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ABSTRACT: After completing general surgery residency, surgeons may seek focused additional education or fellowships. Longterm data describing the characteristics of residents selecting fellowships are lacking. Credible data could inform decisions about surgical education paradigms and workforce planning.
From 1993 to 2005, residents taking the American Board of Surgery In-Training Examination were queried about fellowship plans. Individual and residency program data were collected: gender, postgraduate year level (PGY), medical school location (US/international), residency type (academic/community), residency size, and residency location (Northeast, Southeast, Midwest, Southwest, West). The data were examined for changes in the numbers and characteristics of residents seeking fellowships.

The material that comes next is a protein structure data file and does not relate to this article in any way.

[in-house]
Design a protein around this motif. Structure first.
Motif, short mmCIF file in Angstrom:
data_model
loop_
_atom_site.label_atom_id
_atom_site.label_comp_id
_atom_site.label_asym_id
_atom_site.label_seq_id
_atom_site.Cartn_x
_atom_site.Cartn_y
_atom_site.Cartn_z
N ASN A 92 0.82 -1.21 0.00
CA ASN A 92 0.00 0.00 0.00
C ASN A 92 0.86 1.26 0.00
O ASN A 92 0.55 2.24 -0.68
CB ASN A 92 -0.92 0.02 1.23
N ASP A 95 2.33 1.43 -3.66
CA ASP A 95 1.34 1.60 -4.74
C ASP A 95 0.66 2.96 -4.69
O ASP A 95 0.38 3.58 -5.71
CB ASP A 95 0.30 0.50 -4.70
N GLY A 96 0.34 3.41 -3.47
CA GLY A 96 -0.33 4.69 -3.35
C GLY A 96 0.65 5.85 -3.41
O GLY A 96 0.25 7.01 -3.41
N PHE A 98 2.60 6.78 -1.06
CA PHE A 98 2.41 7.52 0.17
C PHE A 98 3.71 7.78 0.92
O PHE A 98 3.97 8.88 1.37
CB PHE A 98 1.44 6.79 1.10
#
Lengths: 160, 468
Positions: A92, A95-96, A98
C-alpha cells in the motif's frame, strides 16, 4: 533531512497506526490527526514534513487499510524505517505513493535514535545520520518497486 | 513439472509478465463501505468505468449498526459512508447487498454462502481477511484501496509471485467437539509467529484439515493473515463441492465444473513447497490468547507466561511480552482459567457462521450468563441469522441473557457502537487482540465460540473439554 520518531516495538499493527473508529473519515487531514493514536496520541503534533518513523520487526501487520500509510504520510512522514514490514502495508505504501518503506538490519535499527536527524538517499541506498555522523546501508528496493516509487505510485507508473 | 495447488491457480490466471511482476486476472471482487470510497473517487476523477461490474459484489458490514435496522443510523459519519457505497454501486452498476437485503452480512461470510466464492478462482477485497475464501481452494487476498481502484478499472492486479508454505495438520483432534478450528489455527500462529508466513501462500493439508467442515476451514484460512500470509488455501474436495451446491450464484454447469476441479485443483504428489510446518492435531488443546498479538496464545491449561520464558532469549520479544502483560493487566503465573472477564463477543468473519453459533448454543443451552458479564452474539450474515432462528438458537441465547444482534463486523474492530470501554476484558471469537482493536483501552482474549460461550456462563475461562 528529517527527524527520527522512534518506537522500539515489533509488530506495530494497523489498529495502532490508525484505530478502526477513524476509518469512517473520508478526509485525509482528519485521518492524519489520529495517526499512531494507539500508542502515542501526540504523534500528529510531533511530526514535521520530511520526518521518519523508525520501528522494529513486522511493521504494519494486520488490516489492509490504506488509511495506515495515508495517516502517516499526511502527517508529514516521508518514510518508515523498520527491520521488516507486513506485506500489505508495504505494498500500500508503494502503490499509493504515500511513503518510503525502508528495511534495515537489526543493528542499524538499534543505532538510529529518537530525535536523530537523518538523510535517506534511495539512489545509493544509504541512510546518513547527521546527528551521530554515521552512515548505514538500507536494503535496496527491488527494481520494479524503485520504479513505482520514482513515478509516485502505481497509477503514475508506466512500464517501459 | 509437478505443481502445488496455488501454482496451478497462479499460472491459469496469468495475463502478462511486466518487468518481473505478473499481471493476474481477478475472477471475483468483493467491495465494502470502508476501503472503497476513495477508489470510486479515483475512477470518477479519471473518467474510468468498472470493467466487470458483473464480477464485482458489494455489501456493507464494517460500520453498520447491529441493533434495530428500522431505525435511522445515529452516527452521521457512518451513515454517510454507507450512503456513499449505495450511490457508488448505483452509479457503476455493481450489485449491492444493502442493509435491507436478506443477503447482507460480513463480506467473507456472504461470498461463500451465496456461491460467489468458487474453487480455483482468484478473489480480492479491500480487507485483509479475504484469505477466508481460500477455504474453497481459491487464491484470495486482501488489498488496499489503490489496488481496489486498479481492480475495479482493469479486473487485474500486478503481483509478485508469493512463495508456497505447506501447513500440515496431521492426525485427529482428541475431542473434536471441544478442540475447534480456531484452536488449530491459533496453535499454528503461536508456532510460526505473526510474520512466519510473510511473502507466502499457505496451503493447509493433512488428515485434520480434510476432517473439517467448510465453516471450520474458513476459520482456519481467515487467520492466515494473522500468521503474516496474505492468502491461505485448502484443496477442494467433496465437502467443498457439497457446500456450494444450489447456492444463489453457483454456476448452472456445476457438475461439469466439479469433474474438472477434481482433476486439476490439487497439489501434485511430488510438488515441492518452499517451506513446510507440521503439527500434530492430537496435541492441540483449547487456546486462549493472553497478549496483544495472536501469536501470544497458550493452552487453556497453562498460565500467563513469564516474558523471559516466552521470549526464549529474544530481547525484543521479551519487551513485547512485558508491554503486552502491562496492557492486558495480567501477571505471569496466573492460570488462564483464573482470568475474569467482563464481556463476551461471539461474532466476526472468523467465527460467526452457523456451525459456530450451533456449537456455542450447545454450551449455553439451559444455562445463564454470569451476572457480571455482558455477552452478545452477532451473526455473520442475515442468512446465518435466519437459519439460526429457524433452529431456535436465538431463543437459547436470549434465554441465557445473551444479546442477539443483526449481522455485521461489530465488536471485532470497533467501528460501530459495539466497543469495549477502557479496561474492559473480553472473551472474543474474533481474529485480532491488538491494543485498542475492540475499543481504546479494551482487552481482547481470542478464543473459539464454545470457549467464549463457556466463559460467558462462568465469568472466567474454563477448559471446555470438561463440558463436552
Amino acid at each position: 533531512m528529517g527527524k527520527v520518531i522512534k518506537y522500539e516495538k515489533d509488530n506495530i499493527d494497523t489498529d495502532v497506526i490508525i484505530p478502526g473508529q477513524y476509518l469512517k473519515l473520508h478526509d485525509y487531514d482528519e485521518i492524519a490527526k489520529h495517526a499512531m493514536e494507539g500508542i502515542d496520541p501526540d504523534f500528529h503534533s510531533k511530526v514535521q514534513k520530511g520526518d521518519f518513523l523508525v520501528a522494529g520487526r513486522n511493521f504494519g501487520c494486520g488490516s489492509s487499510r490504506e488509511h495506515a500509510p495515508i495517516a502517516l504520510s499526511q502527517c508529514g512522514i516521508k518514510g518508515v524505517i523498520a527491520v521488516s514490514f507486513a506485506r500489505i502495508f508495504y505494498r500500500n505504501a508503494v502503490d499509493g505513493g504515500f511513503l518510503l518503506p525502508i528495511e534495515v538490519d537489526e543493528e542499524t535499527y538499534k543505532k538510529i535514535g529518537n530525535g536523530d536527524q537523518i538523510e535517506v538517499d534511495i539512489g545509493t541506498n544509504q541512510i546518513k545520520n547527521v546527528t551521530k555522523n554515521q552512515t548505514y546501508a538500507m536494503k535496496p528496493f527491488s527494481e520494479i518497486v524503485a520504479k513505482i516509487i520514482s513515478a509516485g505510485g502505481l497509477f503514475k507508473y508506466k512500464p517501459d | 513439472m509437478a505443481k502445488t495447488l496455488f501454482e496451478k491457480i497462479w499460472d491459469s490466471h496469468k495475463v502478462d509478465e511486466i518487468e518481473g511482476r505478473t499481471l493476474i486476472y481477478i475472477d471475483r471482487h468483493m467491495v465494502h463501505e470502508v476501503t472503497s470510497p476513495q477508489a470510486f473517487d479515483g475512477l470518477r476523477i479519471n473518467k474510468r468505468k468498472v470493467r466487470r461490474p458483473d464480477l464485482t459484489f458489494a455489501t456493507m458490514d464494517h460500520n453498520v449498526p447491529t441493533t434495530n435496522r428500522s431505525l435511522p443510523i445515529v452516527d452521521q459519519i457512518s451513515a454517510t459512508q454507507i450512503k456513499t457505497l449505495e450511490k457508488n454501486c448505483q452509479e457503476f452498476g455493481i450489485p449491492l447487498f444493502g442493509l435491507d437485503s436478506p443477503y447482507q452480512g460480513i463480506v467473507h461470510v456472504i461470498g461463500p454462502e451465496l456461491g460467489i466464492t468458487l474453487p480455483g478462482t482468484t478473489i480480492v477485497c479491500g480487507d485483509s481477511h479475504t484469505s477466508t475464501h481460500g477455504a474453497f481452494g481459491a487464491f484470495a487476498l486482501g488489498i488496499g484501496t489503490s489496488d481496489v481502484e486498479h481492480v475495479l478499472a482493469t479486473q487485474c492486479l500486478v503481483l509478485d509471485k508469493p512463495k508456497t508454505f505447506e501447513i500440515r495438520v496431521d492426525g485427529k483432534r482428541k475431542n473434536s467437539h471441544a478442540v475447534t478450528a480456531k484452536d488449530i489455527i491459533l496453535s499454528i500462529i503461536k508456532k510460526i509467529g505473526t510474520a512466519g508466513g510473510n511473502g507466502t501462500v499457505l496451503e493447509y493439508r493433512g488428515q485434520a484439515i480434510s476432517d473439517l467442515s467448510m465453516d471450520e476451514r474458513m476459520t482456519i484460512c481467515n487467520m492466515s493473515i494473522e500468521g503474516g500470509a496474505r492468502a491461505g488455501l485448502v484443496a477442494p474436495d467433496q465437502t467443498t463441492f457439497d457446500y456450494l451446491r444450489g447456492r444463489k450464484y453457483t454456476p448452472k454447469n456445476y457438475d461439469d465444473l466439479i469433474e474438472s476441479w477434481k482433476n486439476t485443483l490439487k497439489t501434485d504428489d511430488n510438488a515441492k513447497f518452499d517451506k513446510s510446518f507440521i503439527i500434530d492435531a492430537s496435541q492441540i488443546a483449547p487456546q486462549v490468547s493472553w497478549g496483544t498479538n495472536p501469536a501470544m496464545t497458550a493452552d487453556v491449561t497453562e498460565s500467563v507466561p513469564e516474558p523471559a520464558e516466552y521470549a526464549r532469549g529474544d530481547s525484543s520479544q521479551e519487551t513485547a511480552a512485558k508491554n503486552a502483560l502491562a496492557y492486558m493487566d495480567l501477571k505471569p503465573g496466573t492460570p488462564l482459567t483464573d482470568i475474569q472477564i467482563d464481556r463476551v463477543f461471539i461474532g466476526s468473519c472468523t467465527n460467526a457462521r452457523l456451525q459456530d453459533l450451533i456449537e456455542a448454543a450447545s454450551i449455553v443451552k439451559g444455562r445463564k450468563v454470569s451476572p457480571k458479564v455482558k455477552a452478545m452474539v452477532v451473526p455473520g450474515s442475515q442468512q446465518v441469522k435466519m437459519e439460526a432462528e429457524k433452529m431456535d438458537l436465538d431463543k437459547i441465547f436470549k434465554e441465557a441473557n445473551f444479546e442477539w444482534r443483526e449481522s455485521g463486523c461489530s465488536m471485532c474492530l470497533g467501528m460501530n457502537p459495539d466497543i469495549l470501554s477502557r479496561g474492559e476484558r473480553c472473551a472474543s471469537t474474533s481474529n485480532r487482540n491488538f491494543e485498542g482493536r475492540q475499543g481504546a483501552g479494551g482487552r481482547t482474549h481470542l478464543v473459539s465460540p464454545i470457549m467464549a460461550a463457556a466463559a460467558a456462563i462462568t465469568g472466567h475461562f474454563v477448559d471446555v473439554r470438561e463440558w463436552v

Responses from 11,080 postgraduate year level-5 residents were analyzed. The number of women nearly doubled and the number of international medical graduates (IMG) almost tripled. Residency program demographics were static. The percentage choosing fellowships increased from 67% to 77%. Patterns of change from "No Fellowship" to "Any Fellowship" were spread heterogeneously across individual and residency subsets. Increases were greatest for Midwest, Southeast, women, community, small program, and US medical graduates. Temporal patterns of change were also heterogeneous. Specialty top choice patterns varied, leading to disproportionate demographic subgroup representation within some specialties.
More general surgery residents are pursuing fellowships. The increase has originated disproportionately from resident and residency demographic subsets and has varied temporally across subgroups. The heterogeneity of change suggests a multifactorial etiology. Future directions in surgical education and workforce planning should reflect these findings.